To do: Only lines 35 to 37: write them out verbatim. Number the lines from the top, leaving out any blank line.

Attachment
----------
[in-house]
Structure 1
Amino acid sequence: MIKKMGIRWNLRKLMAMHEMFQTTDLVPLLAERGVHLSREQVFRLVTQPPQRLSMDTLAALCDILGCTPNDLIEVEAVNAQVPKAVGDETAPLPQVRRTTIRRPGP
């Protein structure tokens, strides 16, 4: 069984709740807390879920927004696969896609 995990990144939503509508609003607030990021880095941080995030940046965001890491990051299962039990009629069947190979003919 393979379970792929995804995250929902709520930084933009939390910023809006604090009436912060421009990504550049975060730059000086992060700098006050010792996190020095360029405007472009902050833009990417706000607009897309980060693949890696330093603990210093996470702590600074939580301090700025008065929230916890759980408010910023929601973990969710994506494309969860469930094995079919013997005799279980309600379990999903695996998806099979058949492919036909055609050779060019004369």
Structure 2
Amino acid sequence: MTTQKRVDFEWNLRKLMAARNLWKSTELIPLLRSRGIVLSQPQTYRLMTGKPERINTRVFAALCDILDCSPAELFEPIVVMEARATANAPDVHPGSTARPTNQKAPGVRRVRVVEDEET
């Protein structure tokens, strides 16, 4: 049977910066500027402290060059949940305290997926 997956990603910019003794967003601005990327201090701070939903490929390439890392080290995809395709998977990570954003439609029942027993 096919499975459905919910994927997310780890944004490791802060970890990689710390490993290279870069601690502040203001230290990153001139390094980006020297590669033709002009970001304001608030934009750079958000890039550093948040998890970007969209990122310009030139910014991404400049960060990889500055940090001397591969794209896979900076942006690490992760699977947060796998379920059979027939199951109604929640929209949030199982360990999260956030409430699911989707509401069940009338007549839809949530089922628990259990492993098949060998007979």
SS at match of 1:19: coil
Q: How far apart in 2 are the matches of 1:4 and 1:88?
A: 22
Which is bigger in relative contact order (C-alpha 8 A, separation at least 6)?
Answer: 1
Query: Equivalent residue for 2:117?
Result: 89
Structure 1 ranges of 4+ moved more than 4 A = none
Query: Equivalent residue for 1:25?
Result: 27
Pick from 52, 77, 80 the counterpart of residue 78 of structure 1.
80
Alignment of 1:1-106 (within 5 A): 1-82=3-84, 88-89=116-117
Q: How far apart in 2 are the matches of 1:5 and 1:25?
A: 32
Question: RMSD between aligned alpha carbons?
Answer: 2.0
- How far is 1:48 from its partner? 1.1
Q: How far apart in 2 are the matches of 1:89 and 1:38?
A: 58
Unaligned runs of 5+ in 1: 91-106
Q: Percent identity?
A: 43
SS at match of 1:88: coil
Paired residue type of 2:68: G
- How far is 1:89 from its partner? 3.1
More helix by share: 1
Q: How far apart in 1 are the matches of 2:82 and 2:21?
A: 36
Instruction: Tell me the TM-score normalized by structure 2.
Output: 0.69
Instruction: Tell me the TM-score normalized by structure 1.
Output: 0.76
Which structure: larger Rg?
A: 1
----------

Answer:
Q: How far apart in 1 are the matches of 2:82 and 2:21?
A: 36
Instruction: Tell me the TM-score normalized by structure 2.